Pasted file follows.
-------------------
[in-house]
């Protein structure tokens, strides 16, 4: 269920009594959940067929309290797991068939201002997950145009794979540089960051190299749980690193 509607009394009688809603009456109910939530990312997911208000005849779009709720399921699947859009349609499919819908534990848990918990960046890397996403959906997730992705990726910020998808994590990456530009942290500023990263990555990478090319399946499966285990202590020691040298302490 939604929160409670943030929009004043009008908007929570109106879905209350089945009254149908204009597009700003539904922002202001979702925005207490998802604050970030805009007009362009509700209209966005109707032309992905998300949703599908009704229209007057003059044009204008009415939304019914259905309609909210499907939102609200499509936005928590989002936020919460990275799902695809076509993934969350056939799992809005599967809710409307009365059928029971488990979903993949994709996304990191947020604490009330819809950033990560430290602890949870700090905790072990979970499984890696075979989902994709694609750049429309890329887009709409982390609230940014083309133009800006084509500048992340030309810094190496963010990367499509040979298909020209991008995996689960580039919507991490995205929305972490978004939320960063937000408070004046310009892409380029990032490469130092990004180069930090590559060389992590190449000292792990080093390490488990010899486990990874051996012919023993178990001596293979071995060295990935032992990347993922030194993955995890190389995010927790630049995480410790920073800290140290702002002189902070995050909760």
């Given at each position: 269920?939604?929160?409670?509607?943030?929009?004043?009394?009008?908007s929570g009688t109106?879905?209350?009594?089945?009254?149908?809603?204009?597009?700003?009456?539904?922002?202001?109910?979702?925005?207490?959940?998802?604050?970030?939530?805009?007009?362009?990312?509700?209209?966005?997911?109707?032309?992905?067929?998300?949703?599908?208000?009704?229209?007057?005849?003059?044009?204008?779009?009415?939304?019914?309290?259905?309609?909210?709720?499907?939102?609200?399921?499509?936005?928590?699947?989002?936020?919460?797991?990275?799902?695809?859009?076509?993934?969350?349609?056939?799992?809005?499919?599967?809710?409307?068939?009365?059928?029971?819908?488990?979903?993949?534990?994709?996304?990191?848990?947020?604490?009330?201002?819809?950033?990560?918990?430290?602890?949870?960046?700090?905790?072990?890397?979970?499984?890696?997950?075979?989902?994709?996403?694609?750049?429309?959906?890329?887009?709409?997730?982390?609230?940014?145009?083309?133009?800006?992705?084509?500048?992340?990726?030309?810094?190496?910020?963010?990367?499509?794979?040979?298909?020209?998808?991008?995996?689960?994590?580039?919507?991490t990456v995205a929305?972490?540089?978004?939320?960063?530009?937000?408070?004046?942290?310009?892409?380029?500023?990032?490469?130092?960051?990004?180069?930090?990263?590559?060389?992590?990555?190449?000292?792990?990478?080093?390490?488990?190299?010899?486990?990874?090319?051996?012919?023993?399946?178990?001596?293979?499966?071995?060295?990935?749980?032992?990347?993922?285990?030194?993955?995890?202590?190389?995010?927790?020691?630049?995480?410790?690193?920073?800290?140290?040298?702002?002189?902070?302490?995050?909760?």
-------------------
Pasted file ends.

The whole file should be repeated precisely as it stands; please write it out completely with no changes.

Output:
[in-house]
């Protein structure tokens, strides 16, 4: 269920009594959940067929309290797991068939201002997950145009794979540089960051190299749980690193 509607009394009688809603009456109910939530990312997911208000005849779009709720399921699947859009349609499919819908534990848990918990960046890397996403959906997730992705990726910020998808994590990456530009942290500023990263990555990478090319399946499966285990202590020691040298302490 939604929160409670943030929009004043009008908007929570109106879905209350089945009254149908204009597009700003539904922002202001979702925005207490998802604050970030805009007009362009509700209209966005109707032309992905998300949703599908009704229209007057003059044009204008009415939304019914259905309609909210499907939102609200499509936005928590989002936020919460990275799902695809076509993934969350056939799992809005599967809710409307009365059928029971488990979903993949994709996304990191947020604490009330819809950033990560430290602890949870700090905790072990979970499984890696075979989902994709694609750049429309890329887009709409982390609230940014083309133009800006084509500048992340030309810094190496963010990367499509040979298909020209991008995996689960580039919507991490995205929305972490978004939320960063937000408070004046310009892409380029990032490469130092990004180069930090590559060389992590190449000292792990080093390490488990010899486990990874051996012919023993178990001596293979071995060295990935032992990347993922030194993955995890190389995010927790630049995480410790920073800290140290702002002189902070995050909760």
């Given at each position: 269920?939604?929160?409670?509607?943030?929009?004043?009394?009008?908007s929570g009688t109106?879905?209350?009594?089945?009254?149908?809603?204009?597009?700003?009456?539904?922002?202001?109910?979702?925005?207490?959940?998802?604050?970030?939530?805009?007009?362009?990312?509700?209209?966005?997911?109707?032309?992905?067929?998300?949703?599908?208000?009704?229209?007057?005849?003059?044009?204008?779009?009415?939304?019914?309290?259905?309609?909210?709720?499907?939102?609200?399921?499509?936005?928590?699947?989002?936020?919460?797991?990275?799902?695809?859009?076509?993934?969350?349609?056939?799992?809005?499919?599967?809710?409307?068939?009365?059928?029971?819908?488990?979903?993949?534990?994709?996304?990191?848990?947020?604490?009330?201002?819809?950033?990560?918990?430290?602890?949870?960046?700090?905790?072990?890397?979970?499984?890696?997950?075979?989902?994709?996403?694609?750049?429309?959906?890329?887009?709409?997730?982390?609230?940014?145009?083309?133009?800006?992705?084509?500048?992340?990726?030309?810094?190496?910020?963010?990367?499509?794979?040979?298909?020209?998808?991008?995996?689960?994590?580039?919507?991490t990456v995205a929305?972490?540089?978004?939320?960063?530009?937000?408070?004046?942290?310009?892409?380029?500023?990032?490469?130092?960051?990004?180069?930090?990263?590559?060389?992590?990555?190449?000292?792990?990478?080093?390490?488990?190299?010899?486990?990874?090319?051996?012919?023993?399946?178990?001596?293979?499966?071995?060295?990935?749980?032992?990347?993922?285990?030194?993955?995890?202590?190389?995010?927790?020691?630049?995480?410790?690193?920073?800290?140290?040298?702002?002189?902070?302490?995050?909760?």